How AI copyright lawsuits could make the whole industry go extinct

Estimated read time 2 min read

Our new Thursday episodes of Decoder are all about deep dives into big topics in the news, and for the next few weeks, we’re going to stay focused on one of the biggest topics of all: generative AI. 

All the big generative AI models from every company are tried on huge swaths of data that are scraped from the entire internet. And big media companies, like The New York Times and Getty Images, have filed lawsuits against those AI companies, saying, basically, that the AI companies are stealing their work and profiting from it — claims that amount to straightforward copyright infringement.

Copyright law is still very much rooted in the idea of making copies and regulating which copies are legal and which aren’t. Since computers can’t do anything at all without making copies, copyright law shows up again and again in the history of the internet, which allows anyone to make and distribute perfect copies faster than ever before.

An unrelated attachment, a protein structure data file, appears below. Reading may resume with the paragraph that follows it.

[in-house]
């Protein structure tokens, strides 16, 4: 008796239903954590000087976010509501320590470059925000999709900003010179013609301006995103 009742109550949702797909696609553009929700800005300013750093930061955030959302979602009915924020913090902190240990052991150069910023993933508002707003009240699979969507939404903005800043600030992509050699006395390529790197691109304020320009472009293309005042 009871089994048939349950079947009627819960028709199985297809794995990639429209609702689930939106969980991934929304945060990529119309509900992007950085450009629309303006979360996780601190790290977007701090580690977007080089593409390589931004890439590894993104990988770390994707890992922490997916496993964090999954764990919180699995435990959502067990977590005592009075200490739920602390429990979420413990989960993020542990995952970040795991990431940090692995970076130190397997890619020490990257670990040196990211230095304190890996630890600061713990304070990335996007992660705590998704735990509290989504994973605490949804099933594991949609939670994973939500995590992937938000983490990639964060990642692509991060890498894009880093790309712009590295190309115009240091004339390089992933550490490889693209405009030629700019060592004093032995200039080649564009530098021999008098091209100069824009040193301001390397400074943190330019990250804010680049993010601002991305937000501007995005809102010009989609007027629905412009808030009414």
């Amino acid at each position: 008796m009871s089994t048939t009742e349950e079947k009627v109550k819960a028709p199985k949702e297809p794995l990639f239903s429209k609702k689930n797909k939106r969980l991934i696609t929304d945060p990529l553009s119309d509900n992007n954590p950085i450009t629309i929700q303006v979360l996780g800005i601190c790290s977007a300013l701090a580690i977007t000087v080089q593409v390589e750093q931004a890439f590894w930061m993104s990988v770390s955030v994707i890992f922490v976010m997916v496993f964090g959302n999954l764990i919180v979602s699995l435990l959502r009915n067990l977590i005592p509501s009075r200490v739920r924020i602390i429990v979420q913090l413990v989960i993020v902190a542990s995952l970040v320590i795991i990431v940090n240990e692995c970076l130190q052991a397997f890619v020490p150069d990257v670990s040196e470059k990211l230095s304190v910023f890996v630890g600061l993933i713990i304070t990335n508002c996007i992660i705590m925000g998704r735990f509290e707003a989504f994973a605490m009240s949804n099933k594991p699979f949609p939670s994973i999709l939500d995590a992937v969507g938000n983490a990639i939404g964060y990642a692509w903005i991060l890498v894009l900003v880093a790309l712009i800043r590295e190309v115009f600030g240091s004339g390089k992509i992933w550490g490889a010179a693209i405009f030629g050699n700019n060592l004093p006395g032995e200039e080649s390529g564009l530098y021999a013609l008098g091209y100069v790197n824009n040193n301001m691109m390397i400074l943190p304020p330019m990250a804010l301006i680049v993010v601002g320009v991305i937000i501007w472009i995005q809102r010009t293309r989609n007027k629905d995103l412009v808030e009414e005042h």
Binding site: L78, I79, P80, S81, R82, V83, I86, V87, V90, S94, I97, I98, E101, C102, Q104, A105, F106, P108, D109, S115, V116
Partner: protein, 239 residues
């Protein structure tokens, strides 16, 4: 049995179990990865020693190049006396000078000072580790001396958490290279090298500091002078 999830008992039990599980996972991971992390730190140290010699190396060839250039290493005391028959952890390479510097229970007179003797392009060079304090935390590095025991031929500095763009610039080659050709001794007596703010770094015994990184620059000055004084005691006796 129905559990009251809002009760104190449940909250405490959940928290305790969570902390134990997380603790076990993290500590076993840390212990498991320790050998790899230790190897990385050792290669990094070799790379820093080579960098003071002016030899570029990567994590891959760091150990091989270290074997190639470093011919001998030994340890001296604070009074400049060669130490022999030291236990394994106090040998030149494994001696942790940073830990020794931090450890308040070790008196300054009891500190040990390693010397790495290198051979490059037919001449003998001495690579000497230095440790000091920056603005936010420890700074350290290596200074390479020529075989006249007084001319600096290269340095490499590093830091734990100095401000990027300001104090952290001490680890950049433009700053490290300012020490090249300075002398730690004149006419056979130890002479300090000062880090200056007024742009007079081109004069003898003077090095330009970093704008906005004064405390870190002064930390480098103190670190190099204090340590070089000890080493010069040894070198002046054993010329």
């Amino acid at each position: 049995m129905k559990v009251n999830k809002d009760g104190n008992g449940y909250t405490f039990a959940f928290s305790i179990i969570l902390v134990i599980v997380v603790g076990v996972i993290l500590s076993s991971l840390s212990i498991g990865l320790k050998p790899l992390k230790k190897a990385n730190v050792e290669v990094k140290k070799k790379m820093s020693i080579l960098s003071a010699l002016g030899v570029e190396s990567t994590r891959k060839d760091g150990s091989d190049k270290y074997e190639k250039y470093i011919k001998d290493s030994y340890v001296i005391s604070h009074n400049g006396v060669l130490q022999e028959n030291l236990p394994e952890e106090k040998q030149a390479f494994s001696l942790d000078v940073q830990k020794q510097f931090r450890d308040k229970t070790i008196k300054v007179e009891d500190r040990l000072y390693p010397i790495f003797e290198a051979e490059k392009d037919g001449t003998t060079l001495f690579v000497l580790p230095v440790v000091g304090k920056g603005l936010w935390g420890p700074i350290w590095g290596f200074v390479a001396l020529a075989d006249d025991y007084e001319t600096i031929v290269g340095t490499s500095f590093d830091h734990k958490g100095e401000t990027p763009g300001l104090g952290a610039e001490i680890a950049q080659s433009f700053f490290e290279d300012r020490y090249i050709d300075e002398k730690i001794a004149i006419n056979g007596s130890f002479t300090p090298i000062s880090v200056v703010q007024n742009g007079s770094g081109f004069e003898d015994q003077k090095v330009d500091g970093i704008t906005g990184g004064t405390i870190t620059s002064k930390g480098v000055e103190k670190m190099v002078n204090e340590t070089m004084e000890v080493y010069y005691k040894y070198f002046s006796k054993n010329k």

But there’s a check on all that control that copyright law provides: fair use. Fair use is written right into the Copyright Act, and it says that certain kinds of copies are okay. Since the law can’t predict what everyone might want to do, it has a four-factor test written into it that courts can use to determine if a copy is fair use.

But the legal system is not deterministic or predictable. Any court gets to run that test any way they want, and one court’s fair use determination isn’t actually precedent for the next court.  

The stakes are very high. As you’ll hear us say in the episode, this is a potential extinction-level event for the modern AI industry on the level of what Napster and fellow file sharing sites were facing in the early 2000s. And as we know from history, the copyright rulings from the file sharing age made entire companies disappear, and copyright was changed forever.

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